2008-09: Riley Boychuk scored 7 goals with 10 assists and 86 PMs in a limited role in his first full WHL season with the Portland Winterhawks. Boychuk (-10) was one of 14 players who had a double-digit negative plus/minus as Portland won just 19 games and finished last in the WHL's United States division.
2009-10: Boychuk,increased his offensive production in his second WHL season as Portland was one of the turnaround stories in hockey, winning 44 games in the regular season and advancing to the second round of the playoffs. Boychuk was also a physical force for the Winterhawks; his 157 PMs were nearly double his 2008-09 total and second-most for Portland behind only WHL penalty minutes leader Brad Ross (TOR). In 66 regular season games, he scored 14 goals with 16 assists and was +12 plus/minus. In the playoffs, he scored 2 goals with 1 assist and was -1 with 24 PMs.
2010-11: Boychuk was once again a physical force while contributing offensively in his third season with Portland (WHL); though limited to 60 games due to nagging injuries. Boychuk was second on the Winterhawks with 148 PMs while scoring 18 goals with 17 assists and finishing with a +5 plus/minus. In the WHL playoffs, Boychuk scored 3 of his 4 goals on the power play and added 8 assists in 21 games as Portland reached the finals before falling to the Kootenay Ice. He finished the playoffs -2 while racking up 50 PMs.
2011-12: Signed to a three-year entry-level contract by the Sabres in October 2011, Boychuk split his first pro season between Buffalo's AHL affiliate Rochester and the ECHL's Gwinnett Gladiators. He skated in nine games with Rochester at the start of the season before being sent to Gwinnett and was later re-called twice by the Amerks before returning to the ECHL in January and finishing the season in Gwinnett. He had 2 assists with 18 penalty minutes and was an even plus/minus in 26 games with Rochester. He scored his only pro goal, a power play tally, with the Gladiators and also had 4 assists; finishing minus-four with 33 penalty minutes in 20 ECHL games. Boychuk was with Gwinnett during its playoff series with South Carolina but did not play in any games.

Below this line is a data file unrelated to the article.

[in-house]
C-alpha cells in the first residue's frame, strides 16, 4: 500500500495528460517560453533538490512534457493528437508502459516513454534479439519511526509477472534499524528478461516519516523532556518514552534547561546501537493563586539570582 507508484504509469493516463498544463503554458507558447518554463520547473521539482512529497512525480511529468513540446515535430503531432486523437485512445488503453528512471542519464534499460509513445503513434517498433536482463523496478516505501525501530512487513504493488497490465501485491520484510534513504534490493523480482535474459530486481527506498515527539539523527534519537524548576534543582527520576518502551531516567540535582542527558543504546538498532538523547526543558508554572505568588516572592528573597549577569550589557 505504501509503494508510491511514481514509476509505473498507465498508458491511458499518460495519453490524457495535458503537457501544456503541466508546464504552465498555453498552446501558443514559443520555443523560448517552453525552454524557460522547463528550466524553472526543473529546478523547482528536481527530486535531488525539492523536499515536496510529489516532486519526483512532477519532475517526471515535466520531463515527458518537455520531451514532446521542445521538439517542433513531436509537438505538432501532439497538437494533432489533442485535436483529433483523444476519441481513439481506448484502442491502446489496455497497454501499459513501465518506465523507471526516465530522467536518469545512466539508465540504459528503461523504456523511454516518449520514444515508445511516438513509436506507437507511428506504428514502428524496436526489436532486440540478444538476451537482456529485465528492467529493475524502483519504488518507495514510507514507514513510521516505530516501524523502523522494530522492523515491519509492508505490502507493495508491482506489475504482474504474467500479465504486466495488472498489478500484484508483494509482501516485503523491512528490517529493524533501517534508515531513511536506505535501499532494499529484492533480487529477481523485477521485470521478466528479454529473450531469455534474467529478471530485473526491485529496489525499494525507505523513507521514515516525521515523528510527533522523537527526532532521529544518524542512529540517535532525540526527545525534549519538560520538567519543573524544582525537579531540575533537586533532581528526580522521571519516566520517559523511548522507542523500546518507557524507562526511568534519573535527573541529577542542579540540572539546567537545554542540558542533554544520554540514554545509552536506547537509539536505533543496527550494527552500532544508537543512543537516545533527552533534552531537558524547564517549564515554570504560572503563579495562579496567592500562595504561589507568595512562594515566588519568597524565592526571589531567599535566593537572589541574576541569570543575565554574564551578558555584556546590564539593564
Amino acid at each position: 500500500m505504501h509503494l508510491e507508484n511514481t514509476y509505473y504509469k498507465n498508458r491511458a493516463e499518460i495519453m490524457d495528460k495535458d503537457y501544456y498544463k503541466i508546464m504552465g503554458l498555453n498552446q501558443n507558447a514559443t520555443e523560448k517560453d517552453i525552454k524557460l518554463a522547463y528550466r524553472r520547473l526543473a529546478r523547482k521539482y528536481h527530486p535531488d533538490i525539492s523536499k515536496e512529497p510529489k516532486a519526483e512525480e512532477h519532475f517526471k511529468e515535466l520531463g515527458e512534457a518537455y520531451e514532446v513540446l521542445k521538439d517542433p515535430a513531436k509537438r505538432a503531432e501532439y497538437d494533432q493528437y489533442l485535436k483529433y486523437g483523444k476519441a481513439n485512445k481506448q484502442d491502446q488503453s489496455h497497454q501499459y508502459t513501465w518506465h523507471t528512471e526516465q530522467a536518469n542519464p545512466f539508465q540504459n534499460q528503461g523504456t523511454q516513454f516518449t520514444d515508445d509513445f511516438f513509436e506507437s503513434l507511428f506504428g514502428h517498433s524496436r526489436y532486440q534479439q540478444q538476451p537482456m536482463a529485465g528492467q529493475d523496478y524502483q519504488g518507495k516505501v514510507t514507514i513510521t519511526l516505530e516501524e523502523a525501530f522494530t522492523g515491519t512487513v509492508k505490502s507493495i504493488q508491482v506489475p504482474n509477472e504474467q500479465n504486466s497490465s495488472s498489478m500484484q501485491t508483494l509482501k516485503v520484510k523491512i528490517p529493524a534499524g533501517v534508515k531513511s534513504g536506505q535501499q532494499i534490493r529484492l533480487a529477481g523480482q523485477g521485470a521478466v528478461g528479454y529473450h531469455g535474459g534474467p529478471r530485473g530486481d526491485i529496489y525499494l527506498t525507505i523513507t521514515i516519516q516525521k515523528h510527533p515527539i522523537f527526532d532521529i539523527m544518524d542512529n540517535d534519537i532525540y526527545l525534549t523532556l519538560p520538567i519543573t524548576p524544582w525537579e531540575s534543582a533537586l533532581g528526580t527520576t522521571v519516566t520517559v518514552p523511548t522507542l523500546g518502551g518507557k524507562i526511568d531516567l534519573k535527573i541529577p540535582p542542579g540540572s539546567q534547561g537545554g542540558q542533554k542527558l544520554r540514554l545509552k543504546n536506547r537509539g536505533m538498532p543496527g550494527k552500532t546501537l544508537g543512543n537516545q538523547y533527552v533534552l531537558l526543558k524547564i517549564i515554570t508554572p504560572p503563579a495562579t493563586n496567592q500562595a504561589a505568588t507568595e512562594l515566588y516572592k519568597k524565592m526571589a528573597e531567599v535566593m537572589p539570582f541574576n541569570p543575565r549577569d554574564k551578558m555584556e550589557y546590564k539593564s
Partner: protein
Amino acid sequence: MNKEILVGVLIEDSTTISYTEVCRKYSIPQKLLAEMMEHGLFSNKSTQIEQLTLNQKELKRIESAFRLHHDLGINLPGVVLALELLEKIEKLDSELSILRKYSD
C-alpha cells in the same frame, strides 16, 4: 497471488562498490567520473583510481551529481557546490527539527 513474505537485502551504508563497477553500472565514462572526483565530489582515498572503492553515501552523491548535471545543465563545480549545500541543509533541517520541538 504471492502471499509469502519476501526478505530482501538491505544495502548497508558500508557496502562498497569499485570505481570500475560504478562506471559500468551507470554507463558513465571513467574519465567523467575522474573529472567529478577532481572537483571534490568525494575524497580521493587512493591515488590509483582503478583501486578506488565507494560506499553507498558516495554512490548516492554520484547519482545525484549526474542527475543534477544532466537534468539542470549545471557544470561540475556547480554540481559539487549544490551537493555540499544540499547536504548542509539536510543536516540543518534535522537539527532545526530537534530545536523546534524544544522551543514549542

The big power winger needs to add more muscle and speed to be the bruiser he once was in the WHL. Boychuk is all about hard work and grit but does not project to be anything more than a fourth-line player. Boychuk is also a player who plays better when the game gets physical, giving him a chance to be more involved in the play.
Boychuk split the season between the ECHL and the AHL, but will probably stay in the latter for much of the 2012-13 season.